14 February 2014
EHRAC is currently recruiting for two positions to join the team at their office in London.
The Legal Officer is a full time position, for a one year renewable contract. The job reference is EHRAC - LAW26
The Case and Project Support Officer is a full time position, for a 14 month contract. The job reference is EHRAC - LAW27.
More information about these positions and how to apply can be found at www.mdx.ac.uk/jobs
Please note the deadline for applications is 27 February 2014, and applications must be submitted to Middlesex University at the address firstname.lastname@example.org, as per the instructions to be found at the link, and not directly to EHRAC.
Putin's Olympic Dream - On Thursday 13th February at the Lexi Cinema in London's Kensal Rise, DocHouse presents the masterfully captured documentary on Sochi 2014
30 January 2014
On Thursday 13th February at the Lexi Cinema in Kensal Rise, DocHouse is excited to present the masterfully captured documentary on Sochi 2014, PUTIN’S OLYMPIC DREAM.
Thursday 13th February | 8:50pm | Lexi Cinema | £7 (£5 Concessions)
Dir. Hans Pool
The Netherlands - 2013 - 80mins
What does it really take to pull off the most expensive Winter Olympics in history? Putin's Olympic Dream follows the epic project of preparing for Sochi 2014 as it unfolds, capturing those involved at all levels, from entrepreneurs and oligarchs to immigrants, athletes and activists.
Please do circulate this email amongst your friends, colleagues and networks who may be interested. We would also very much appreciate you spreading word of this screening via social media, newsletters, websites and event listings. Please do not hesitate to contact me with any queries. Suggested social media copy can be found at the bottom of this email, along with a poster attached.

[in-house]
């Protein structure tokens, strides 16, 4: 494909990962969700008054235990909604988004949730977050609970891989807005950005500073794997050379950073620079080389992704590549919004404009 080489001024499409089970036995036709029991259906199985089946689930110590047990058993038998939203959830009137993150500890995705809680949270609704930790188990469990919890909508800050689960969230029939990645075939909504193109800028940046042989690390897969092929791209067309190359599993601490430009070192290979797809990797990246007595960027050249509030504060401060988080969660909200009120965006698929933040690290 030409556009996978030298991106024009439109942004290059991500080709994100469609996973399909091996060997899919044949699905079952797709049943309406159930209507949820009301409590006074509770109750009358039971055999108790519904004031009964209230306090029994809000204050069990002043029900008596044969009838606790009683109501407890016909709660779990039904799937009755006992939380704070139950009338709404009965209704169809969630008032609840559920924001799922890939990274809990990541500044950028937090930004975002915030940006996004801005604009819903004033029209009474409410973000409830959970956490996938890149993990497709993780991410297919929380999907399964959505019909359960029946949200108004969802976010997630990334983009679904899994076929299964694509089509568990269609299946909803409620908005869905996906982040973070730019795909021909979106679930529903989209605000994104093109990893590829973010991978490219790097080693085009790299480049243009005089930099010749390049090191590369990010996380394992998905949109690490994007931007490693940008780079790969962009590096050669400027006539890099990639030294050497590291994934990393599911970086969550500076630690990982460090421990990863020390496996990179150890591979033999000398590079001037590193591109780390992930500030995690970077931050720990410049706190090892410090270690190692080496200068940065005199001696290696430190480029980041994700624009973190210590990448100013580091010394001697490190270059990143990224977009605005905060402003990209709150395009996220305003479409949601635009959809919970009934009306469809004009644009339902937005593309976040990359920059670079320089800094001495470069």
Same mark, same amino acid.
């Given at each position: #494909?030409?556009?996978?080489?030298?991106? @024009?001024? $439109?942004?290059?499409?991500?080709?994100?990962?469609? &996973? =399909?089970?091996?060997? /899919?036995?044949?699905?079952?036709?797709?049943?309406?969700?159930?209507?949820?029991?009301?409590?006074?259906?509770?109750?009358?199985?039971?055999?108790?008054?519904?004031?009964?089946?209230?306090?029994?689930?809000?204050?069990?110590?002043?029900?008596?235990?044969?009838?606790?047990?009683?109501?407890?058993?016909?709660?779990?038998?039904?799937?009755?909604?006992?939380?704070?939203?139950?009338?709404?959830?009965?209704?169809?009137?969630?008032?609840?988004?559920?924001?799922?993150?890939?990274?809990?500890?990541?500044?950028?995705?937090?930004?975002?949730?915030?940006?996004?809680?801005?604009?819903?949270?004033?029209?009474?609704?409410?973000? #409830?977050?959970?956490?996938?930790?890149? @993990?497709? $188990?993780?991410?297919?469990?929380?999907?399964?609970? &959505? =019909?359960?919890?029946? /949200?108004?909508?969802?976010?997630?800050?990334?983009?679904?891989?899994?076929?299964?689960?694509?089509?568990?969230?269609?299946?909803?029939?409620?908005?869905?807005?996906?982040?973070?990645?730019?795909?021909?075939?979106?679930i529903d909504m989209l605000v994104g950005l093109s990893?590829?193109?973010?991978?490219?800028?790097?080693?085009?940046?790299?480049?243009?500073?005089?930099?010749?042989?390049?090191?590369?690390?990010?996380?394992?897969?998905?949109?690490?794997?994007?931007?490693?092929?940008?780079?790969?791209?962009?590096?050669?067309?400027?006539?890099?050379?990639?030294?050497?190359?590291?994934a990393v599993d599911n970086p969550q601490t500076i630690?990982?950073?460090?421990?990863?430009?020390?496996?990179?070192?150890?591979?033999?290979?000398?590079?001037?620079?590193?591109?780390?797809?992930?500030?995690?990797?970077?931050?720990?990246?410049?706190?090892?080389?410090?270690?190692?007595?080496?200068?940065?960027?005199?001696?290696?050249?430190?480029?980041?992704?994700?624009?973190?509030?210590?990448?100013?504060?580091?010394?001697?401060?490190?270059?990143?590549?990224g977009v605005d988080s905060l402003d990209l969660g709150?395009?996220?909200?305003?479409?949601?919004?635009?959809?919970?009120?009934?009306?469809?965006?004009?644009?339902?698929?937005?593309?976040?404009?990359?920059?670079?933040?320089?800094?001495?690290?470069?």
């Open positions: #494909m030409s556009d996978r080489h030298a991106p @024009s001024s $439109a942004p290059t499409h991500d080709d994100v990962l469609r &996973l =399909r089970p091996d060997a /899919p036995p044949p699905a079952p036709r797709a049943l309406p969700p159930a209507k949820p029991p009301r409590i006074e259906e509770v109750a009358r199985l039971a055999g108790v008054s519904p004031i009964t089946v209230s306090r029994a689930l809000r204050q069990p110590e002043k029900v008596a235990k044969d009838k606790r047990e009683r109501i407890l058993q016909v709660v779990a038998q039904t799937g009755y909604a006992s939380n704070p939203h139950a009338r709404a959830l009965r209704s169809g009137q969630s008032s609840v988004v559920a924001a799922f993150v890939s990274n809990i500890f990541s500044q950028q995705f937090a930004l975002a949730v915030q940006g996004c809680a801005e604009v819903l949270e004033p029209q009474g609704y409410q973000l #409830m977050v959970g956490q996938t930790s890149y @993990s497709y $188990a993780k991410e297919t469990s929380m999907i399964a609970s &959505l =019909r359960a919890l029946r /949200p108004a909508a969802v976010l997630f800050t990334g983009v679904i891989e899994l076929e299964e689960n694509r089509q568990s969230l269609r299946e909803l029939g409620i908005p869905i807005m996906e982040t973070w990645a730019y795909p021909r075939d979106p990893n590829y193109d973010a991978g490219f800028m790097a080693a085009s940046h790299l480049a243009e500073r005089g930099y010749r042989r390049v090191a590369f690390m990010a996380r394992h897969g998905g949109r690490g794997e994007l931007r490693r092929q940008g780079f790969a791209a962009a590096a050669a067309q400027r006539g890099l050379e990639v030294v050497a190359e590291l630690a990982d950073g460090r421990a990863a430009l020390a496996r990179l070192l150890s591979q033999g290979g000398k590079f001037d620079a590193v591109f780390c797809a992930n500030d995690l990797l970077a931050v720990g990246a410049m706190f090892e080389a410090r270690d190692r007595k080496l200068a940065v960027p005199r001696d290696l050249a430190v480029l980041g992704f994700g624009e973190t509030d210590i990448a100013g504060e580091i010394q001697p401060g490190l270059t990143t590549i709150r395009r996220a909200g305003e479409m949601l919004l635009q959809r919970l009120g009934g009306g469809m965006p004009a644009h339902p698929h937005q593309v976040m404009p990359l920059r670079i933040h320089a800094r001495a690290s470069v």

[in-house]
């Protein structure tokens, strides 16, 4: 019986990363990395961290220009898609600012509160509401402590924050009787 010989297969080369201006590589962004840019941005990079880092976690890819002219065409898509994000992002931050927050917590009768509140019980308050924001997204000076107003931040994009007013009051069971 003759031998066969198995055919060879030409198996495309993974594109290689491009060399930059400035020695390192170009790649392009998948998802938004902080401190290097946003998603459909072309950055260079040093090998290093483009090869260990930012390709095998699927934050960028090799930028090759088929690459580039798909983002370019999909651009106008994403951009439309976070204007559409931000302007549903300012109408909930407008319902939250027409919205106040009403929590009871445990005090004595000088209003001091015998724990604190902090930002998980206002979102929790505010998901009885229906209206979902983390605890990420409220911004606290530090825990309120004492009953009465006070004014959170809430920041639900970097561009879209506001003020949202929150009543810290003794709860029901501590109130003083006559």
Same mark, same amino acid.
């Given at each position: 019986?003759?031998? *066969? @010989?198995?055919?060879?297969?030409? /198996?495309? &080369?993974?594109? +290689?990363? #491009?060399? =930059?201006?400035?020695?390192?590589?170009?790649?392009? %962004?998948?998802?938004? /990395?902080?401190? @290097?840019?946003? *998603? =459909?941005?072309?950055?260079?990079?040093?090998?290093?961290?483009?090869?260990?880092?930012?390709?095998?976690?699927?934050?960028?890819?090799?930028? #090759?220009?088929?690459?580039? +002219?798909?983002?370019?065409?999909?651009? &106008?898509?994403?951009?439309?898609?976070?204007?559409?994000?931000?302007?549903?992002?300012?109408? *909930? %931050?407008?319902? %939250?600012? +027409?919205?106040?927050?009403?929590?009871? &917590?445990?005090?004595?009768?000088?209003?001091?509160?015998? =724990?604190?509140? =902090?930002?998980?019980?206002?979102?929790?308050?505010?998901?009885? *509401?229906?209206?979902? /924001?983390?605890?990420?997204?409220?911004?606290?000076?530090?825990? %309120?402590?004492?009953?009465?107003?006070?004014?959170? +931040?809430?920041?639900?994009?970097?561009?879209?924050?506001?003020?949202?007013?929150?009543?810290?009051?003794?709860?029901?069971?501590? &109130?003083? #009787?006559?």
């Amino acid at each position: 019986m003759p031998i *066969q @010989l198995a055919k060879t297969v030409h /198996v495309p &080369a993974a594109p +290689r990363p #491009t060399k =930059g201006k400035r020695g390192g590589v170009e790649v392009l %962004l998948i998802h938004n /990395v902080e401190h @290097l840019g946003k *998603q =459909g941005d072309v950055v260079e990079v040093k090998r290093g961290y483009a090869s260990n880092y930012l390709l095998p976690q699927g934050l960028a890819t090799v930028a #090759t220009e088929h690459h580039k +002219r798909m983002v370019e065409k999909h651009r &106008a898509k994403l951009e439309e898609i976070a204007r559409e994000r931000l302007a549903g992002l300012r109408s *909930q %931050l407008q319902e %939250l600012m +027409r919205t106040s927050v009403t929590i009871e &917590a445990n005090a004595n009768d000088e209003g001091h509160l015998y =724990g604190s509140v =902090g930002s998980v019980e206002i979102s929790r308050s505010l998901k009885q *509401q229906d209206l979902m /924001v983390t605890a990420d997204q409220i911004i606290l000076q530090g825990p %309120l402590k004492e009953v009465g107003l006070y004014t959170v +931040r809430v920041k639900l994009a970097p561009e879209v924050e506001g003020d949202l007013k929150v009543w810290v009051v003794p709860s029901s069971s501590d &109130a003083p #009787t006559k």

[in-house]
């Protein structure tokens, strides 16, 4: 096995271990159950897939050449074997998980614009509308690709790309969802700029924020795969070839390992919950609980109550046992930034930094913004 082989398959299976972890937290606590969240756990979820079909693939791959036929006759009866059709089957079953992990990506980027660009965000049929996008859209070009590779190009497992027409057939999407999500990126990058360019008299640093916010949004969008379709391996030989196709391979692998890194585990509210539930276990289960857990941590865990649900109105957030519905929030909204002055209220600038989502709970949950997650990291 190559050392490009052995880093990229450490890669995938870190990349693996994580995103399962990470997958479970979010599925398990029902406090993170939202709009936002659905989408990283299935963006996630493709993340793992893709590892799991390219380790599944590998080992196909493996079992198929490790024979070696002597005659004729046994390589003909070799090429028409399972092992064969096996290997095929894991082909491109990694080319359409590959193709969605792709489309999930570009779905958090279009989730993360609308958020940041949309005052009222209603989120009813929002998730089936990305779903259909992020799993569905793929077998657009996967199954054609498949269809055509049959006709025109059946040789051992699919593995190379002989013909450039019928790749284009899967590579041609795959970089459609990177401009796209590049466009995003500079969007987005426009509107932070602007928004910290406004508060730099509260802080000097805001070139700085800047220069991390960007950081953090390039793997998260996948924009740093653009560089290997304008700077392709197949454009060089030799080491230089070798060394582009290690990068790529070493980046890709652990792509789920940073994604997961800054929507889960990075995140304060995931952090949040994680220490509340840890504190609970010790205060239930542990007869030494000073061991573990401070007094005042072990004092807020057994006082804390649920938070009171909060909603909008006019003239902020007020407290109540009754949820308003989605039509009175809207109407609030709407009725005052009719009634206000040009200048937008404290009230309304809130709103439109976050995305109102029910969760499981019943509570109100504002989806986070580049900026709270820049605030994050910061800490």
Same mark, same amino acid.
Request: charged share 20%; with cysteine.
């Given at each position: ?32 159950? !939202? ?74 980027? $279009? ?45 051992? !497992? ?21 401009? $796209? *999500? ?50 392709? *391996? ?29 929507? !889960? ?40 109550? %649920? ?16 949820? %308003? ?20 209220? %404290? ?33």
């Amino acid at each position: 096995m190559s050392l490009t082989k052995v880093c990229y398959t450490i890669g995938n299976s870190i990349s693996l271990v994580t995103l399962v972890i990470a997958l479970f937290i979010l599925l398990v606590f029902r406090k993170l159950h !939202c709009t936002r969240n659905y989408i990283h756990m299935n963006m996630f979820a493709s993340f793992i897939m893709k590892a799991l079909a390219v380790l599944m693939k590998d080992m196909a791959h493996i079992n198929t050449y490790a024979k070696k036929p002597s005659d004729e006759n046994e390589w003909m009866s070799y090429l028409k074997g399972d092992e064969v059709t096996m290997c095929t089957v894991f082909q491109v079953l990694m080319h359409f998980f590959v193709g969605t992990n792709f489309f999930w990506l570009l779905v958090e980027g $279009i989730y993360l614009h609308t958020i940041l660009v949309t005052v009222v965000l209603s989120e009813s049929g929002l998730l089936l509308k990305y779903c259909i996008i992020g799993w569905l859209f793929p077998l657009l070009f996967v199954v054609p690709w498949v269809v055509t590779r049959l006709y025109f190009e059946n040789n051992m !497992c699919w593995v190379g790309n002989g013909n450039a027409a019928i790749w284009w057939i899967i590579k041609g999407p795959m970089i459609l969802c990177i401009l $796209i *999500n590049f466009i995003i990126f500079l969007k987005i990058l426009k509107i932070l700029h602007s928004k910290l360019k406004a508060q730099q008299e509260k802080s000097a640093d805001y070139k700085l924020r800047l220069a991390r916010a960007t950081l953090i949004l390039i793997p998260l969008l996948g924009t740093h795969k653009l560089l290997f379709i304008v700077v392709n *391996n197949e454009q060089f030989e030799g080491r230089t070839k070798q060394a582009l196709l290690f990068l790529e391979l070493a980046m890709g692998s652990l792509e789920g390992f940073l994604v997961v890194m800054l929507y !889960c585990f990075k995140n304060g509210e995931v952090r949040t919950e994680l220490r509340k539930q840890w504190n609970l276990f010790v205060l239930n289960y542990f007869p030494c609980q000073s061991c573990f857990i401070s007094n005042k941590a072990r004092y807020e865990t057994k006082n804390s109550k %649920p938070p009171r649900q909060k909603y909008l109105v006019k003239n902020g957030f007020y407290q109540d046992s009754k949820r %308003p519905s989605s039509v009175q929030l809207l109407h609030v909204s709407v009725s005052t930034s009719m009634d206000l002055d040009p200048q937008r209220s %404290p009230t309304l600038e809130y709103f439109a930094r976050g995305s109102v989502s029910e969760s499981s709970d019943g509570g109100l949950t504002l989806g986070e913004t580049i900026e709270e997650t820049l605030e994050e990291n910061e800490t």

In preparation for the Olympics, Sochi has undergone some of the most dramatic and expensive changes of any hosting city. Formerly a nostalgic Soviet holiday resort, filled with beautiful sanatoriums, the 'Cannes of the Soviet Union' has been fast tracked to becoming a very modern Russian city.
Of course, for Vladimir Putin the games are much more than a sporting event, they are Russia's bid to return to the world stage, and a status project of colossal proportions. With no time to lose, financial, economic, political and ecological limits are breached to make it happen, and filmmaker Hans Pool masterfully captures it all as resources and people are stretched to breaking point.
Please note: There won't be adverts or trailers before this screening and the film will start promptly at 8.50pm.
TICKETS AND MORE INFORMATION
Suggested social media copy:
FACEBOOK: Don’t miss DocHouse’s screening of PUTIN’S OLYMPIC DREAM at The Lexi Cinema on Feb 13th 2014: